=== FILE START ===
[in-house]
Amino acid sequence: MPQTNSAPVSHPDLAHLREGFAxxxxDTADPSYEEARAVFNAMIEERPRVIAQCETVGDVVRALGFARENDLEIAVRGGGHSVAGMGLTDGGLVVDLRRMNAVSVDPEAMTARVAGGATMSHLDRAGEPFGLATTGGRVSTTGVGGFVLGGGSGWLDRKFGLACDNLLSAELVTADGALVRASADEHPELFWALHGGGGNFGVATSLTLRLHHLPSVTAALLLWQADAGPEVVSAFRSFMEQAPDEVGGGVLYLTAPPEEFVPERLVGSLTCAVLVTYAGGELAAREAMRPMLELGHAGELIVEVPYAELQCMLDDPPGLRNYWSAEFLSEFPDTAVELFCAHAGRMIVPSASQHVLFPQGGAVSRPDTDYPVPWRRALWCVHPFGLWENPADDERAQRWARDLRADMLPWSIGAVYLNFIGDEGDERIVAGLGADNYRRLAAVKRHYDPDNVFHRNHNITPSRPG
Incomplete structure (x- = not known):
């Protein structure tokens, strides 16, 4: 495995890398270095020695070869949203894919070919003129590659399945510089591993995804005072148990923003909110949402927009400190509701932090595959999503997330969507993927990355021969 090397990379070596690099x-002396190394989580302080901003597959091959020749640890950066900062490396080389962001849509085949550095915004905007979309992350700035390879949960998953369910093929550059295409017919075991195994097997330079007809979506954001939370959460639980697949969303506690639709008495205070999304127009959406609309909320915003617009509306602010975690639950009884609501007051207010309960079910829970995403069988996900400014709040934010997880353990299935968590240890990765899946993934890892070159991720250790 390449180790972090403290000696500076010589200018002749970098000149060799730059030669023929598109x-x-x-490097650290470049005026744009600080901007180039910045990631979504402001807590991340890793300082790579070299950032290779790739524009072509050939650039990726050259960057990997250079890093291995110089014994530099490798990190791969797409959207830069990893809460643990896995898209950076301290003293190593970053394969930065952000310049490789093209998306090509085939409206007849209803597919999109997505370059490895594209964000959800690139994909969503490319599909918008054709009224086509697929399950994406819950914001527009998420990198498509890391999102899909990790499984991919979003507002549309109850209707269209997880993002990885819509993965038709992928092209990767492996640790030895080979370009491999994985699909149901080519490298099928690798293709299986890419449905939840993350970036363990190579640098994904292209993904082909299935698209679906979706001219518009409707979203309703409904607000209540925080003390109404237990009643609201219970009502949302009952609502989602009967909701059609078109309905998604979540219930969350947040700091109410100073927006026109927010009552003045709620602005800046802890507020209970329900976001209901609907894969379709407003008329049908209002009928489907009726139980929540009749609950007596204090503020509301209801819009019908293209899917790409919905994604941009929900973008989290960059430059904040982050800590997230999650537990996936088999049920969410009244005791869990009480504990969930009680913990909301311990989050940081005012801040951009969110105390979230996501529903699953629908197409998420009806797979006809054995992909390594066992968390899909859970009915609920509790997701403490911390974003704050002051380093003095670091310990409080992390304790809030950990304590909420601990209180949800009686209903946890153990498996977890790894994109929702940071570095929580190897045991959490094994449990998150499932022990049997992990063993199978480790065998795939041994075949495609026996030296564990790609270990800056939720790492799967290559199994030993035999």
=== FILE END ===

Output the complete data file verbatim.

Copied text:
[in-house]
Amino acid sequence: MPQTNSAPVSHPDLAHLREGFAxxxxDTADPSYEEARAVFNAMIEERPRVIAQCETVGDVVRALGFARENDLEIAVRGGGHSVAGMGLTDGGLVVDLRRMNAVSVDPEAMTARVAGGATMSHLDRAGEPFGLATTGGRVSTTGVGGFVLGGGSGWLDRKFGLACDNLLSAELVTADGALVRASADEHPELFWALHGGGGNFGVATSLTLRLHHLPSVTAALLLWQADAGPEVVSAFRSFMEQAPDEVGGGVLYLTAPPEEFVPERLVGSLTCAVLVTYAGGELAAREAMRPMLELGHAGELIVEVPYAELQCMLDDPPGLRNYWSAEFLSEFPDTAVELFCAHAGRMIVPSASQHVLFPQGGAVSRPDTDYPVPWRRALWCVHPFGLWENPADDERAQRWARDLRADMLPWSIGAVYLNFIGDEGDERIVAGLGADNYRRLAAVKRHYDPDNVFHRNHNITPSRPG
Incomplete structure (x- = not known):
């Protein structure tokens, strides 16, 4: 495995890398270095020695070869949203894919070919003129590659399945510089591993995804005072148990923003909110949402927009400190509701932090595959999503997330969507993927990355021969 090397990379070596690099x-002396190394989580302080901003597959091959020749640890950066900062490396080389962001849509085949550095915004905007979309992350700035390879949960998953369910093929550059295409017919075991195994097997330079007809979506954001939370959460639980697949969303506690639709008495205070999304127009959406609309909320915003617009509306602010975690639950009884609501007051207010309960079910829970995403069988996900400014709040934010997880353990299935968590240890990765899946993934890892070159991720250790 390449180790972090403290000696500076010589200018002749970098000149060799730059030669023929598109x-x-x-490097650290470049005026744009600080901007180039910045990631979504402001807590991340890793300082790579070299950032290779790739524009072509050939650039990726050259960057990997250079890093291995110089014994530099490798990190791969797409959207830069990893809460643990896995898209950076301290003293190593970053394969930065952000310049490789093209998306090509085939409206007849209803597919999109997505370059490895594209964000959800690139994909969503490319599909918008054709009224086509697929399950994406819950914001527009998420990198498509890391999102899909990790499984991919979003507002549309109850209707269209997880993002990885819509993965038709992928092209990767492996640790030895080979370009491999994985699909149901080519490298099928690798293709299986890419449905939840993350970036363990190579640098994904292209993904082909299935698209679906979706001219518009409707979203309703409904607000209540925080003390109404237990009643609201219970009502949302009952609502989602009967909701059609078109309905998604979540219930969350947040700091109410100073927006026109927010009552003045709620602005800046802890507020209970329900976001209901609907894969379709407003008329049908209002009928489907009726139980929540009749609950007596204090503020509301209801819009019908293209899917790409919905994604941009929900973008989290960059430059904040982050800590997230999650537990996936088999049920969410009244005791869990009480504990969930009680913990909301311990989050940081005012801040951009969110105390979230996501529903699953629908197409998420009806797979006809054995992909390594066992968390899909859970009915609920509790997701403490911390974003704050002051380093003095670091310990409080992390304790809030950990304590909420601990209180949800009686209903946890153990498996977890790894994109929702940071570095929580190897045991959490094994449990998150499932022990049997992990063993199978480790065998795939041994075949495609026996030296564990790609270990800056939720790492799967290559199994030993035999």